The lower-top, lower-bottom formation on the Weekly December Crude Oil chart defines clearly the downtrend. However, the market appears to be trying to establish support inside of a key retracement zone. Based on the $79.12 to $101.01 range, a 50% to 61.8% retracement zone has been created at $90.07 to $87.48. Last week’s low at $88.09 stopped inside of this zone, indicating that perhaps value-based investors were bidding.
Besides the main range, a pair of Gann angles is also playing a significant part in the structure of the chart pattern. The downtrending Gann angle at $93.01 has provided direction and guidance for the market since the top at $101.01 was created four weeks ago. On the downside, an uptrending Gann angle at $86.62 is a potential support point.
One reason why a bottom is important at this time is because it will mean that a secondary higher-bottom has formed. This is usually a sign that buyers are beginning to take control of the market. The first rally following an extreme low is usually produced by short-covering. The second time down, buyers usually step in because they have a reference point to the left. This price is often referred to as the “lean” or the exit.
If December Crude Oil is bottoming then it is likely to form inside the retracement zone. It would be nice if a support base forms because often the height of the market is determined by the length of the base. A support base will also represent true buying whereas a spike bottom will likely mean that shorts are covering.
Fundamentally, crude oil price fell sharply last week after the Energy Department reported Oct. 3 thatU.S.crude output rose to 6.52 million barrels a day the previous week. This was the highest production figure since December 1986. Unless production slows or demand picks up, the retracement zone is not likely to stop the slide in prices.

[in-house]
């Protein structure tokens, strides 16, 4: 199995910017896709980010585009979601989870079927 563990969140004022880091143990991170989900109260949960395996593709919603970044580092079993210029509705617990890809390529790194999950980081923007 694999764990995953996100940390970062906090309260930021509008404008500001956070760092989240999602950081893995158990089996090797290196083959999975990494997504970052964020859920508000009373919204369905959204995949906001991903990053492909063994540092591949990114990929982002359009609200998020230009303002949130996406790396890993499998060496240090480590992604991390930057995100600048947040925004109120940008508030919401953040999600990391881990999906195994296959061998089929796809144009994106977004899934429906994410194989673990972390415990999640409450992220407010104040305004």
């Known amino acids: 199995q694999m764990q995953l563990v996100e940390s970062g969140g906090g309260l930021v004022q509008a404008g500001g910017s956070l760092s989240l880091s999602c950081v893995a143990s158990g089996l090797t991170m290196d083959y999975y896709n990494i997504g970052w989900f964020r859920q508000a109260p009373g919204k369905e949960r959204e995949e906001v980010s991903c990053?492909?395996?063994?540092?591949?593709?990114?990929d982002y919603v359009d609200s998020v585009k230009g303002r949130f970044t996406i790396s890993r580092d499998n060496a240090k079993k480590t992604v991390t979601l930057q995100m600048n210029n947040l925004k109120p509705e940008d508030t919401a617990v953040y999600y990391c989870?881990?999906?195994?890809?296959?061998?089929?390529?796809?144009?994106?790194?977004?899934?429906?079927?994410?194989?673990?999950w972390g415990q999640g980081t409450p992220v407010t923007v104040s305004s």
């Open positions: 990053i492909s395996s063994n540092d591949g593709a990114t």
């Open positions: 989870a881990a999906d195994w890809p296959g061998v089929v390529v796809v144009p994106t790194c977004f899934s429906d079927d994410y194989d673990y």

So far the implementation of another round of stimulus by the Federal Reserve in September hasn’t worked through the system. It may not be able to trigger a turnaround in the economy either unless coupled with renewed strength inEurope. The combination of these two factors should theoretically lead to firmer prices, but it looks like it is not going to happen over the near-term.
The wildcard is the Middle East. The accelerating conflict between Turkey and Syria could lead to a disruption in supply which could underpin prices or lead to the start of a rally. There is also the possibility of a military strike by Israel on Iran. Both of these scenarios could send crude oil prices soaring because of short-covering and speculation.
It’s hard for short-traders to press the market inside the retracement zone if there is a bid holding up prices. However, if short traders, backed by growing supply, continue to pound the buyers then the zone will fail and lower prices will prevail. The formation of a support base will be a strong sign that buyers are taking control, but unless supply begins to trend lower or there is a surprise event, crude oil may just sit in a range.